Day One: the formatted hard drive. If all you've ever used are Microsoft systems, you've only used FAT (File Allocation Table) filesystems. Even though Linux can access MSDOS and Windows partitions, it can't "live" on them. Yes, there is the umsdos kludge, but it is not itself an MS filesystem. Linux needs certain capabilities in its underlying filesystem which are simply not possible in an MS filesystem. Umsdos attempts to provide those extended capabilities. In short, do not create MS filesystems and expect to install Linux without kludging.
point: formatting a drive for one OS is not the way to install another OS
Day Five: the Ranish thing. I don't know about this software and am unlikely to ever see a need for it. "If it ain't broke, don't fix it." The tools that come with a Linux distribution are not broken. The fdisk and cfdisk programs are quite capable of dealing with a multitude of different filesystems. Cfdisk is the preferred tool. For choosing which OS to boot, LILO has done the job well for a number of years. I don't understand the reason for seeking out tools of unknown capabilities and problems to do the job the tools at hand are proven to be capable of doing. Even exclusively Windows users should understand this. Would you be comfortable installing "Bubba's Winderz Servis Pak 1", no matter how nice Bubba's website appeared? [This is not a rejection of any software outside the installation CDROM(s)! It is simply a reminder that the installation contains the tools needed to install. Use them.]
point: known, capable tools at hand should be used instead of unknown tools of unknown competence from elsewhere
Day Nine: the installation. The most significant incident to note here is the fact that the installation itself is described thus: "I then tried the magazine version of the Mandrake CD and it went in fine." A single, simple statement to describe the installation of an entire operating system and an accompaniment of a warehouse of tools. All of the problems before were created by the user through the mistaken belief that one filesystem fits all. Read the documentation available on the CD and follow the instructions. (It doesn't make sense to build a shed in the location you intend to have a contractor build a warehouse; you'll just have to spend more time bulldozing).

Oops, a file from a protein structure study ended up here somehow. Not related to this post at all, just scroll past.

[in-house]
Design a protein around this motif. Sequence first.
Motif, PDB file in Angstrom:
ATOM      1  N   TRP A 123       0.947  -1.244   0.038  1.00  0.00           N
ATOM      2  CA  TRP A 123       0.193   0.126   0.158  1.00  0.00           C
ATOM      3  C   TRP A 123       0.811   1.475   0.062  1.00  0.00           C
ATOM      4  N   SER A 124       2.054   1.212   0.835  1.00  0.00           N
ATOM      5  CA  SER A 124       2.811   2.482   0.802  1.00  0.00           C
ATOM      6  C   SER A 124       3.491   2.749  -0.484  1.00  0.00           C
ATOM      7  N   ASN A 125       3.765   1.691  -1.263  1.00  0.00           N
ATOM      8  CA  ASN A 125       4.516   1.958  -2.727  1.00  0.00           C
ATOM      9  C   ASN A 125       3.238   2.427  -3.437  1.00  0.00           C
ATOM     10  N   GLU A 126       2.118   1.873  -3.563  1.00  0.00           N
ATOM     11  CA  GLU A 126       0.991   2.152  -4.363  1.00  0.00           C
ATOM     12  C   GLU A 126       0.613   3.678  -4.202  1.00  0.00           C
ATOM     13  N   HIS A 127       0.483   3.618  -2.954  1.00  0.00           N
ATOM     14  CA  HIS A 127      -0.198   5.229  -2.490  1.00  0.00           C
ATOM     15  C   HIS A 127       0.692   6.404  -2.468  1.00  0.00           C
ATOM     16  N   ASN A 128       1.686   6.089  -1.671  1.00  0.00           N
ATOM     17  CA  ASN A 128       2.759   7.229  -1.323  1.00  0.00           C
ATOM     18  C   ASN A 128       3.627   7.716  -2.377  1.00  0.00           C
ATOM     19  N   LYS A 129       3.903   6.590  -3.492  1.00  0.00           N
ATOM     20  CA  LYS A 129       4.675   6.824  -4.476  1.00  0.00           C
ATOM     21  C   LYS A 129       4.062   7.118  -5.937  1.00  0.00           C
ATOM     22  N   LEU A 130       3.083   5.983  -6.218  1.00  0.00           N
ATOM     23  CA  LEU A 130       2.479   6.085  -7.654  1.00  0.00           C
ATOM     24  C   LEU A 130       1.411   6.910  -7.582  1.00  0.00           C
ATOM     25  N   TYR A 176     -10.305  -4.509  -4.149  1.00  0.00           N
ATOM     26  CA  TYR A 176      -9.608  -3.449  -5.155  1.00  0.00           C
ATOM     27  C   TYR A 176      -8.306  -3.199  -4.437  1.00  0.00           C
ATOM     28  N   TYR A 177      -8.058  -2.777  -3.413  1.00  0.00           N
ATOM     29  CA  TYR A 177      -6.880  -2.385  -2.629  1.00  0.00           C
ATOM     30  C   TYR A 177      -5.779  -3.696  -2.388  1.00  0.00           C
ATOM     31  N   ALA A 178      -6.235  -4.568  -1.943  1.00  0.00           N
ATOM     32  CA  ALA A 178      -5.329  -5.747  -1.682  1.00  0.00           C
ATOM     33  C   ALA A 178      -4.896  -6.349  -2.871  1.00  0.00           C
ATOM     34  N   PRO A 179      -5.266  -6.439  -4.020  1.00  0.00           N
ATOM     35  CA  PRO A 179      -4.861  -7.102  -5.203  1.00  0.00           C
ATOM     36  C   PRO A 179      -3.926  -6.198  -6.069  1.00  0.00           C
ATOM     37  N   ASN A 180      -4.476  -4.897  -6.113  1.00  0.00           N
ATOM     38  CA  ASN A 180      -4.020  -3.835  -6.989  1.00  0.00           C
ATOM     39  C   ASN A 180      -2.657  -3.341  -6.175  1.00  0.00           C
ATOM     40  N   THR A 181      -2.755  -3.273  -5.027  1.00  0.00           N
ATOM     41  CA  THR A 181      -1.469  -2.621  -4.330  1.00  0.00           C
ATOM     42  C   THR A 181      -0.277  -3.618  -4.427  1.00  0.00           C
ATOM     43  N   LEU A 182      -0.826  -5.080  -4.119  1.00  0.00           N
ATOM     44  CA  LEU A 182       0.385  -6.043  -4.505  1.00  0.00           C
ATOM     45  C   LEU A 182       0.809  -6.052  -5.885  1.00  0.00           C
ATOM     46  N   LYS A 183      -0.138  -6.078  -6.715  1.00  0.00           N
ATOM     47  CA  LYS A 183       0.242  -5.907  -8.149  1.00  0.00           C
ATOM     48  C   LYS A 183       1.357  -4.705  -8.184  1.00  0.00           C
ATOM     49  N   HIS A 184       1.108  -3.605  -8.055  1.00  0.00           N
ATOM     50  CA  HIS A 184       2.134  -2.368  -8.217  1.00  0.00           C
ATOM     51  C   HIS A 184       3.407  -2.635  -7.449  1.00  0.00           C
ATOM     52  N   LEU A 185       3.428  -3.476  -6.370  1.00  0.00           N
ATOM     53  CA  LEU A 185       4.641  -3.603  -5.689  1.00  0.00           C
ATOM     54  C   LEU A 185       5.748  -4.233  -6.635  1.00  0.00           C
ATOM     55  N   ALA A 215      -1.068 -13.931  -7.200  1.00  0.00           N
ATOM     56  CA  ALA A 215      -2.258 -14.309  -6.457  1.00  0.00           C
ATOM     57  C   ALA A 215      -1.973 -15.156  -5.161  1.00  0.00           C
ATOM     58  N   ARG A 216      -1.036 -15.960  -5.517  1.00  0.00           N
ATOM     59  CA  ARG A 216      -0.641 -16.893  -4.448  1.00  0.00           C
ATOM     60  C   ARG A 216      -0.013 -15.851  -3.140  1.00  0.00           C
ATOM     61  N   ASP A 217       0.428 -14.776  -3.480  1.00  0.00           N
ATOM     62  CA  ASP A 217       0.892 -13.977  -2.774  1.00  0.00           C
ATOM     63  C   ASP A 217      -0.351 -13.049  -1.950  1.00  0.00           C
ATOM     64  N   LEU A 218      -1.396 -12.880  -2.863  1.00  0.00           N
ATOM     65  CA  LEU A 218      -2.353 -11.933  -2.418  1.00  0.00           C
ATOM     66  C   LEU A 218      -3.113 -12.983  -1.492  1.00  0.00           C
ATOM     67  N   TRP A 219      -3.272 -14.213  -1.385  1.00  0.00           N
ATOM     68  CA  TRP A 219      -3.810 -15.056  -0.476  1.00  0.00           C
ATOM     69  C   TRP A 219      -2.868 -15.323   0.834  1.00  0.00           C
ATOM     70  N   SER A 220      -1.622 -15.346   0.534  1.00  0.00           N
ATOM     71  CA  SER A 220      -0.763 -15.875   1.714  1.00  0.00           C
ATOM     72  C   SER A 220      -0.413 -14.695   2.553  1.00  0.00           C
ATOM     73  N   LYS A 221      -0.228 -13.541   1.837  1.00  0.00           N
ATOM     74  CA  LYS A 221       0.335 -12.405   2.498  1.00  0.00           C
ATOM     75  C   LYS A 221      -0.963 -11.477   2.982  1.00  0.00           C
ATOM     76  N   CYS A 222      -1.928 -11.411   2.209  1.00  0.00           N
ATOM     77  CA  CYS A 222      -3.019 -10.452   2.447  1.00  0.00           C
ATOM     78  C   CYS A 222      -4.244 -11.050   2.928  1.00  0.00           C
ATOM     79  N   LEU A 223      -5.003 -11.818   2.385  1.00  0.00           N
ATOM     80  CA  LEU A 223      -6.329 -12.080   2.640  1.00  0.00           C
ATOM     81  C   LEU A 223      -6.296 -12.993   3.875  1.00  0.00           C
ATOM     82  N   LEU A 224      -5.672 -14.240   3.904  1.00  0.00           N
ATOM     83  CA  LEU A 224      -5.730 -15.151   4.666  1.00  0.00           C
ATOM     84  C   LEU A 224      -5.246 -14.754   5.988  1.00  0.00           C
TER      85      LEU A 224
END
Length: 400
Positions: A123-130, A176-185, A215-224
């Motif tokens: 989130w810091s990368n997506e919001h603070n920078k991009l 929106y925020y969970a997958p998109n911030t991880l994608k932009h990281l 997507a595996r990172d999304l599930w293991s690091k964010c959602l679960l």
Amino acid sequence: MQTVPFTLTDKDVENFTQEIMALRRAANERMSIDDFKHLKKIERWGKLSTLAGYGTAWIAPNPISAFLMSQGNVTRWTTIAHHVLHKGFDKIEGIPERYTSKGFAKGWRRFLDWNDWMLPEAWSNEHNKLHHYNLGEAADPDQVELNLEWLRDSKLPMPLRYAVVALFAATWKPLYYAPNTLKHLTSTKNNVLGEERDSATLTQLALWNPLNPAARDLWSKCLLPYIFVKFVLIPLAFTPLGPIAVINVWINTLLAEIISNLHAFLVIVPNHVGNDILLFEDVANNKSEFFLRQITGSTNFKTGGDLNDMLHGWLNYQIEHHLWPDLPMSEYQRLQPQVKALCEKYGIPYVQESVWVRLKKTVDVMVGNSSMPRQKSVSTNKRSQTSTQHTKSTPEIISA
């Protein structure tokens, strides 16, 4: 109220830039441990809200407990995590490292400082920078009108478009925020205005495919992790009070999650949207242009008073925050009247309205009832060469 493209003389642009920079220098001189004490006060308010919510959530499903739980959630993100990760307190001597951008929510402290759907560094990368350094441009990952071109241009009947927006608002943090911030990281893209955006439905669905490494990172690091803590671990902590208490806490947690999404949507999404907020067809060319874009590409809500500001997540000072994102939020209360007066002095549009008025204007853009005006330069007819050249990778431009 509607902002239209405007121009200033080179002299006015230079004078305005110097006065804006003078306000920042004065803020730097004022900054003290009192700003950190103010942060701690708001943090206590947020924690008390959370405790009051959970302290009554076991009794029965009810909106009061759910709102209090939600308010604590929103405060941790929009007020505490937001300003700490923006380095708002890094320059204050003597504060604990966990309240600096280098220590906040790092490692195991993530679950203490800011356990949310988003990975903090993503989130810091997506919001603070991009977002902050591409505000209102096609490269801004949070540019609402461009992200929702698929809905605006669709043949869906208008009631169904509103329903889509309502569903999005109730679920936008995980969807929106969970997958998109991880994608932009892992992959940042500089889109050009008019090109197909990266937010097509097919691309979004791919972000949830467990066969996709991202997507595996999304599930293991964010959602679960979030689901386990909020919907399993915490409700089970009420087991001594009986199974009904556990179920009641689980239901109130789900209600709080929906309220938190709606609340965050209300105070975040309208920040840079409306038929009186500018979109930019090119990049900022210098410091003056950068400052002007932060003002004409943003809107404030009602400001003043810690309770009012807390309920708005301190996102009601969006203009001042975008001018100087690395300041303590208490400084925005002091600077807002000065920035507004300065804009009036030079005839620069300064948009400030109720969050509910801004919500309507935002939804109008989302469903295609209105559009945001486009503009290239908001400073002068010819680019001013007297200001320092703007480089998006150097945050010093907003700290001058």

point: solving problems that are not there is likely to create problems.
Day Eleven: using. "I have yet to crack the user manual that came with the commercial release."
point: see above.
Day Fourteen: software. Mr. D wants an image manipulation program and mentions Corel Draw and Paint Shop Pro. The Gimp is on the CD and probably on the hard drive. Free is not synonymous with incompetent or crippled. (If it was, the Internet would not work; it depends heavily on such free software as bind for domain name service and sendmail for transporting most of the email that moves). Gimp is in daily use by people from elementary school to commercial artists. For an example of the elementary school end of that range, if this weird link still works, see http://www.LinuxMall.com/news/?1,155 and if it doesn't, see http://www.corbettschool.org/ for the kids' work. Here's an online comic strip artist using gimp: http://justbreathe.bc.ca/cartoons/jb039.html and here's a 'real-world' example I found via a google search: http://home.worldcontrol.com/gimp/ and one final (over 1 year old) link about gimp: http://hotwired.lycos.com/webmonkey/99/11/index4a.html it has some inaccuracies, but that's life.
point: see what you have before looking to get something else
Day Fifteen: not Windows. Mr. D makes a list of complaints about Linux. All of them boil down to the fact that Mr. D wants Linux to be Windows and is disappointed that it is not. The fact that Mr. D spent so little time with the system indicates he was not really interested in it unless it behaved and looked just like Windows. It is as silly as me installing Win98 and proceeding to complain about its lack of the inclusion of a decent C compiler, or the lack of its ability to have concurrent multiple window managers, or its inability to give me a dozen working desktops at once, or its lack of a variety of choices in terminals, text editors, word processors, decent telnet and ftp clients, or its lack of ipmasq (nat to you BSDers), or its inability to prevent programs from screwing up the dll files.
point: if what you want is what you have, why change to something different and then complain that it is different?